number of late 18th century reports, mostly on
colonial defense. However, the great bulk of the
documents dates from the years 1802-03 and is
made up of letters written or forwarded to
Generals Leclerc and Rochambeau, who
commanded the Napoleonic army of invasion that
attempted to reconquer Saint Domingue from its
ex-slave inhabitants. The core of the collection is
constituted by 24 lots from the auction of
Rochambeau Papers conducted by Sotheby's & Co.
in 1958. A summary description of each item can
be found in Laura V. Monti, A Calendar of
Rochambeau Papers at the University of Florida
Libaries, (Gainesville: 1972), available for

The University of Florida Libraries

purchase from the Libraries ($15.00). They have
also been microfilmed by the library, and occupy
five reels of film.

In addition, the library has also microfilmed
the 23 lots from the 1958 auction that were pur-
chased by the Haitian government. This is of
considerable importance, as the latter body of
documents has never been made available to the
public and has generally disappeared from view.
They have not been calendared, but for obtaining
copies reference can be made to the Sotheby's
auction catalogue,4 as the microfilm reels (five in
number) carry the original lot numbers. Details
are as follows:
Reel 1 lots 1,4,14,16,26,39,45,
Reel 2 lots 103,107
Reel 3 lots 110,116,121,132,
Reels 4-5 lot 122

These Haitian Government holdings, like
those of the University of Florida, consist primari-
ly of letters and reports sent to the two French
commanders in chief during the Haitian War of
Independence. Among the items of exceptional
interest are:
lot 14 series of 153 daily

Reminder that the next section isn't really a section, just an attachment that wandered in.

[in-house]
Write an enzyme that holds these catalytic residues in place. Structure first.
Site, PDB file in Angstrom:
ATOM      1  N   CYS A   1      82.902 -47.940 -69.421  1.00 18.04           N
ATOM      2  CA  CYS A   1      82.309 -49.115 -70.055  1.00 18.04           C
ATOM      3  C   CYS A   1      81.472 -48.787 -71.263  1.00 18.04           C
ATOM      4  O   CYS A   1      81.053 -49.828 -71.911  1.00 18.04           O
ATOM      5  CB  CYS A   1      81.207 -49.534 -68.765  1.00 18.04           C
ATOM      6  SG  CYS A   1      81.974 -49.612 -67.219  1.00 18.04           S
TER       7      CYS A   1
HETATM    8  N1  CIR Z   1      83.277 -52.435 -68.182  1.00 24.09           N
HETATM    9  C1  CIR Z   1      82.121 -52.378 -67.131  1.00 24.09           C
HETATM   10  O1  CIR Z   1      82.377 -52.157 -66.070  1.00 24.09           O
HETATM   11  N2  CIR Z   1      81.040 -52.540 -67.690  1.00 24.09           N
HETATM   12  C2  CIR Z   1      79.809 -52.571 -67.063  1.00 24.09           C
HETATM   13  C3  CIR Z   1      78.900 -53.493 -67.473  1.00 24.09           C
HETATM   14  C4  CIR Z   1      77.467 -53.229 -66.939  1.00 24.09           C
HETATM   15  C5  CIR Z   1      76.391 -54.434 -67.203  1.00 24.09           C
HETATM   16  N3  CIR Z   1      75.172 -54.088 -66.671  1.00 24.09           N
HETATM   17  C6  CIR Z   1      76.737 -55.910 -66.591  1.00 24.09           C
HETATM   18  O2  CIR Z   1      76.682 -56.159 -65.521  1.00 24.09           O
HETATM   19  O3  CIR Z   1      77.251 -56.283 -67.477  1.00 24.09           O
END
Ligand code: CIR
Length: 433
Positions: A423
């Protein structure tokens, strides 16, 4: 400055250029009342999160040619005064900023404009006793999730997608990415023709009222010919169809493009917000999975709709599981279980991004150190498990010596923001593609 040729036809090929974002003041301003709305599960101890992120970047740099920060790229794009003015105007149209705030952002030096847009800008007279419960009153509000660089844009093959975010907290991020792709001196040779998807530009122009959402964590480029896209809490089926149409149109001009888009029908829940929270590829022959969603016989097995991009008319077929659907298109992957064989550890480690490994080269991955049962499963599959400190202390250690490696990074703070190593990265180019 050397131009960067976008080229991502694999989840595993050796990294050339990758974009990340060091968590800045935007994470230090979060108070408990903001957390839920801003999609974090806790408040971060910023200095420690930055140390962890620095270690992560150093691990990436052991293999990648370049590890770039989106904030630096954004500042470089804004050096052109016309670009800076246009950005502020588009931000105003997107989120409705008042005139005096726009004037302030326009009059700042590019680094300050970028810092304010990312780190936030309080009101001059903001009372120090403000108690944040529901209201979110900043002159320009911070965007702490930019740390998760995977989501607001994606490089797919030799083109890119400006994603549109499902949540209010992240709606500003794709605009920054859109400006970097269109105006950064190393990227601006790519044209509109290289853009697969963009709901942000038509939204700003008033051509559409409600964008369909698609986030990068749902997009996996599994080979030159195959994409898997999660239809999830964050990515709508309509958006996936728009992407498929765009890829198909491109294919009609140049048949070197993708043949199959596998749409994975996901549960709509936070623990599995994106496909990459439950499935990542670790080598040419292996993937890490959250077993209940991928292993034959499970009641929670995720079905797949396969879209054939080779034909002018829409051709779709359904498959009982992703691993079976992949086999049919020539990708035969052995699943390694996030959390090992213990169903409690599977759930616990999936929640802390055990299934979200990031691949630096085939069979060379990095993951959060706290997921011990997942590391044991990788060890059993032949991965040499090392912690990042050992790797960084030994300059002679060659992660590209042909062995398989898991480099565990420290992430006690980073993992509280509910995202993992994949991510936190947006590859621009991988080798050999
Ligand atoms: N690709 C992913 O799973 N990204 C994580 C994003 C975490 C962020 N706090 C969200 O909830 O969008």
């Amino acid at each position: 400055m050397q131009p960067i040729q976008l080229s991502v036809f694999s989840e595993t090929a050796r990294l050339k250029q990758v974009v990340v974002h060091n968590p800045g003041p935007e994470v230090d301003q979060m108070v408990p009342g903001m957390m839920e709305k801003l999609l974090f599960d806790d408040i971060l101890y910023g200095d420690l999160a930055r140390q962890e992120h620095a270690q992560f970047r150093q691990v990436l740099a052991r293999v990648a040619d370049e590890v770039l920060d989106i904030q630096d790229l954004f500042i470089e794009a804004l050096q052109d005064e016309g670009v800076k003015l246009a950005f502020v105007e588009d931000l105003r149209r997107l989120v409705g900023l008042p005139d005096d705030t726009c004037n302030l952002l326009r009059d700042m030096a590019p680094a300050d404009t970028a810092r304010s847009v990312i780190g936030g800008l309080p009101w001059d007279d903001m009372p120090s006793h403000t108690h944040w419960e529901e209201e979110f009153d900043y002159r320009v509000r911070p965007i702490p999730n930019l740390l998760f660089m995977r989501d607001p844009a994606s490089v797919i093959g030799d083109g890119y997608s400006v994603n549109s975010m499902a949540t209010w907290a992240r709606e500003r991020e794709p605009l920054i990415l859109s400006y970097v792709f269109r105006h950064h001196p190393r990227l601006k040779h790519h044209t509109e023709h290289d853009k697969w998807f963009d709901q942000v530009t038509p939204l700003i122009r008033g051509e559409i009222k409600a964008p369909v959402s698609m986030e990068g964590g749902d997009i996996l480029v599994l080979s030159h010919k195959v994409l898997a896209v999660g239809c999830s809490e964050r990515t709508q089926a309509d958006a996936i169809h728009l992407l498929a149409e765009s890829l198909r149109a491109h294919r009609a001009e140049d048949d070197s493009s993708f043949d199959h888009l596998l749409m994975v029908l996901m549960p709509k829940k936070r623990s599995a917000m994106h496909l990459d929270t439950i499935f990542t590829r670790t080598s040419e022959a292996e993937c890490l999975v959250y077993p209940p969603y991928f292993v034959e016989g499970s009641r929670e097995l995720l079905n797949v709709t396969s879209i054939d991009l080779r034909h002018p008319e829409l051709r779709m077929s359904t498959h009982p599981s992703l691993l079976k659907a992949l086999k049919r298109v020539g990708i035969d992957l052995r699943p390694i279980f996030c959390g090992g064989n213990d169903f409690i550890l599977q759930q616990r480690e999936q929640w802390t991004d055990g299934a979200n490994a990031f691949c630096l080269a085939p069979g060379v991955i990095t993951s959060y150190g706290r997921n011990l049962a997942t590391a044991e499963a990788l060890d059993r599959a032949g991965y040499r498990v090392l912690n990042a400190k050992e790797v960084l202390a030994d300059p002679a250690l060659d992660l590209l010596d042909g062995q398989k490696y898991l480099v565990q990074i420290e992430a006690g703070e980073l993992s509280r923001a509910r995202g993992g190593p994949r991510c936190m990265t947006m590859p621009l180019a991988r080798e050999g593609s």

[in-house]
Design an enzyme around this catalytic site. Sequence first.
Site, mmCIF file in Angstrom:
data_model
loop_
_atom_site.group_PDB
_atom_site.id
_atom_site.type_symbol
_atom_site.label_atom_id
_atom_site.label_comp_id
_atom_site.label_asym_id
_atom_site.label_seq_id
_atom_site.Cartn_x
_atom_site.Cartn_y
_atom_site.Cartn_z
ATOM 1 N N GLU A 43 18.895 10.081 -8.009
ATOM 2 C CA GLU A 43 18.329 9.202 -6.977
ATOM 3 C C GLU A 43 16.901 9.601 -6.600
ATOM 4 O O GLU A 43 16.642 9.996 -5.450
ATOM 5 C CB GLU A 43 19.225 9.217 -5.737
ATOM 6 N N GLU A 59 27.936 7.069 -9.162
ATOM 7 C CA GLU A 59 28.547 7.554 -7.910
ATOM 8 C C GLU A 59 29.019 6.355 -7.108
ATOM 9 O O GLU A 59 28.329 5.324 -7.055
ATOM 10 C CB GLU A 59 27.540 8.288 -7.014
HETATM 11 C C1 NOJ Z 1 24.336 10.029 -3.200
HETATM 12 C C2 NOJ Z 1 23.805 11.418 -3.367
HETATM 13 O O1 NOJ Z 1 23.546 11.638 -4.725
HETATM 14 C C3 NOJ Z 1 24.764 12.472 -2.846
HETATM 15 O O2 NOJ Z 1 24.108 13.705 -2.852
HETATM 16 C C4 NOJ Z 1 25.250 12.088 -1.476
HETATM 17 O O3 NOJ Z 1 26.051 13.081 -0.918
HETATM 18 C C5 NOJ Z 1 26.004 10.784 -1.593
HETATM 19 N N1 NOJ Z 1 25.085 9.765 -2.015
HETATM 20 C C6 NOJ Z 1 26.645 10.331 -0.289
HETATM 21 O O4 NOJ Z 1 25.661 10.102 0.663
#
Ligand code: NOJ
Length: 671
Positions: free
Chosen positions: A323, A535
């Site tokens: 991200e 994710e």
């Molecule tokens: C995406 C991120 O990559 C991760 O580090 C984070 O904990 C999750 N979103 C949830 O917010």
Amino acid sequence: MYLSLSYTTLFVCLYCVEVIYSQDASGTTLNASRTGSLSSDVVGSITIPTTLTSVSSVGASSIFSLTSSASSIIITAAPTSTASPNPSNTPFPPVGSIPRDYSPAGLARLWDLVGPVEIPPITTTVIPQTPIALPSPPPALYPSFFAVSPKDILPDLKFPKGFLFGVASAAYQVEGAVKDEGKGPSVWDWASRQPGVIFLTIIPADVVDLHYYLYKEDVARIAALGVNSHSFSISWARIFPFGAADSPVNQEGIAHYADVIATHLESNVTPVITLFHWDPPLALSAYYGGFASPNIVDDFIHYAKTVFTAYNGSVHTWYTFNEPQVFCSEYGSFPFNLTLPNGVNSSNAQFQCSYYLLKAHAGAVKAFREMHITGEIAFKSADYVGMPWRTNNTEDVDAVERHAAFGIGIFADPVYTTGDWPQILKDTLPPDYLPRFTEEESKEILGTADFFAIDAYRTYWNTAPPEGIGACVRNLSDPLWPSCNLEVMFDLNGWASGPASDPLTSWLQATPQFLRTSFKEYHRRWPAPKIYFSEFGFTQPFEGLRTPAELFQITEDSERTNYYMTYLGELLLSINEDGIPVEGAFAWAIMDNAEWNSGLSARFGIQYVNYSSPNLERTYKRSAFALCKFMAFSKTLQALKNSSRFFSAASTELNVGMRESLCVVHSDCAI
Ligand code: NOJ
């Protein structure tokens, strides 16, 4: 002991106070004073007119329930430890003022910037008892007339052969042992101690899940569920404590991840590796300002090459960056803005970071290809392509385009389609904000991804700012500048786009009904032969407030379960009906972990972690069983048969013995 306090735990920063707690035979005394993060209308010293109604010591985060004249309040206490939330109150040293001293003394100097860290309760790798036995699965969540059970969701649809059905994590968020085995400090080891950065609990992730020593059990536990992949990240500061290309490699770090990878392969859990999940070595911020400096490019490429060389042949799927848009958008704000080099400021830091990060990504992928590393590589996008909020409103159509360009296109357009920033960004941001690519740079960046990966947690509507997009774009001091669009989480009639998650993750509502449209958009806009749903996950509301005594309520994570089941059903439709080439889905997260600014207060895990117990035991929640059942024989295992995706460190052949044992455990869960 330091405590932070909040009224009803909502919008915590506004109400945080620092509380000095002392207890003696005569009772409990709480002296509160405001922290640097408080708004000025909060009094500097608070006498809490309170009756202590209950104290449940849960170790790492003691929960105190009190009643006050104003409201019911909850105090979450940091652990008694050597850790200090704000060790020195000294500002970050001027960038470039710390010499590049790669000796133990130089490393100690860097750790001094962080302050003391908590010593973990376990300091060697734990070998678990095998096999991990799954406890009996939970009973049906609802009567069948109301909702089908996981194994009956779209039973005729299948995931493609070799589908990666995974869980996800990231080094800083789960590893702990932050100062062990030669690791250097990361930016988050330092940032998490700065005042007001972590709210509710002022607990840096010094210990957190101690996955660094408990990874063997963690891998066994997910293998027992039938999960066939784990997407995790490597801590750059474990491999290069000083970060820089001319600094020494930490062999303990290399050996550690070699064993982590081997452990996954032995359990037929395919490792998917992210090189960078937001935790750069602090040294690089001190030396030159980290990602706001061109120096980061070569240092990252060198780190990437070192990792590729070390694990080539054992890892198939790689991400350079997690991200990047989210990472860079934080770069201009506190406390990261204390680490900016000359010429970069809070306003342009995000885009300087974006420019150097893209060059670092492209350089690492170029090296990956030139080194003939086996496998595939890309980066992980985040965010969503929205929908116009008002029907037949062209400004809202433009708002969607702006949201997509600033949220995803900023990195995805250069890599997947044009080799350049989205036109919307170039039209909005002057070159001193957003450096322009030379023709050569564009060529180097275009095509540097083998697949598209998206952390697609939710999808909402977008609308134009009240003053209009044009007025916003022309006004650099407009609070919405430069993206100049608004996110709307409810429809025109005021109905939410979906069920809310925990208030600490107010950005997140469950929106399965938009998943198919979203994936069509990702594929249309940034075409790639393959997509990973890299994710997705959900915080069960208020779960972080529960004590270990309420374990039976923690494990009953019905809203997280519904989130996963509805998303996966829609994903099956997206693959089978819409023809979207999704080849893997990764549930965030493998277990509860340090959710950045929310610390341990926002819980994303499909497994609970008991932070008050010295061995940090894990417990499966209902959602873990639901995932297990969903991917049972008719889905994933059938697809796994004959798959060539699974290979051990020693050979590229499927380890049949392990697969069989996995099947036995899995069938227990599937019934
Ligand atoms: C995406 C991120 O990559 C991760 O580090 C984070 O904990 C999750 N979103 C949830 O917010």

reports (June Nov.
1803) by the French
commanders at Cap
Franqais, describing in
detail the final stages of
the war

The Caribbean Collections

lot 103 290 letters from naval
officers accompanying
the expedition (Sept.
1802-Nov. 1803)

lot 122 700 letters and papers
concerning administra-
tive aspects of the
lots 139,140 Colonel Vincent's me-
moir on Toussaint
Louverture and other
reports on Saint Do-
mingue sent to General

lot 141 papers on yellow fever

The manuscript holdings are completed by a
substantial number of broadside proclamations
issued by the French commanders and by a collec-
tion of maps. The latter consists of a dozen items,
mostly very detailed, large format maps of the
northern mountains of Saint Domingue and the
Artibonite plain. They are supplemented by photo-
graphs of the other maps sold at the 1958 auction
and purchased by the Archives Nationales, Paris.

Finally, mention should be made here of
two letters written in May 1802 to Rochambeau by
the black general Jean-Jacques Dessalines. They
are not part of the Rochambeau Papers, but are
found in the department's Individual Correspon-
dence and Autographs section.

The University of Florida Libraries

Jeremie Papers (group 17).

These are notarial records (including those
of the greffe or official registry) from the south-
ern region of Haiti known as the Grand' Anse, of
which Jeremie is the chief town. Wills, invento-
ries, marriage contracts, records of property
transactions and similar documents fill 31 boxes
and number approximately 4,500 items. They date
from the period 1771-1821 (primarily 1780-1800).
On the eve of the Saint Domingue Revolution the
Grand' Anse was Saint Domingue's frontier, the
scene of frantic pioneer activity riding on the
coffee boom of the 1780s. An isolated region with
a distinct personality, it experienced the impact of
the revolution in a unique way. The plantation
regime survived there, embattled but largely
intact, until 1802. These documents offer the
opportunity for a fascinating area study.

The minutes of the greffe are catalogued
chronologically. The main collection is organized
by notary, and there exists both a chronological
index by notary and an alphabetical index to
persons mentioned in the documents. The latter
provides a summary description of each paper.
Two boxes of additions to the Jeremie Papers
(group 24) have yet to be catalogued. They include
material from outside the Grand' Anse (e.g. les
Cayes, Port au Prince) and documents from as late
as the 1840s. (see also below, Microfilms.
Mangones Collection)

The Caribbean Collections

Haitian Registry Papers (group 44).

Constituting in some degree an extension of
the Jeremie Papers, this is a small collection of
notaries' and other official papers evenly distribut-
ed over the period 1800-85 and coming from the
towns of Jeremie, Jacmel, Leogane, Grand Goave,
Petit Goave, Miragoane and Port au Prince. It
consists of 80 dossiers, many of which contain only
one item, and no finding aid is available.

Two items concern legal complaints brought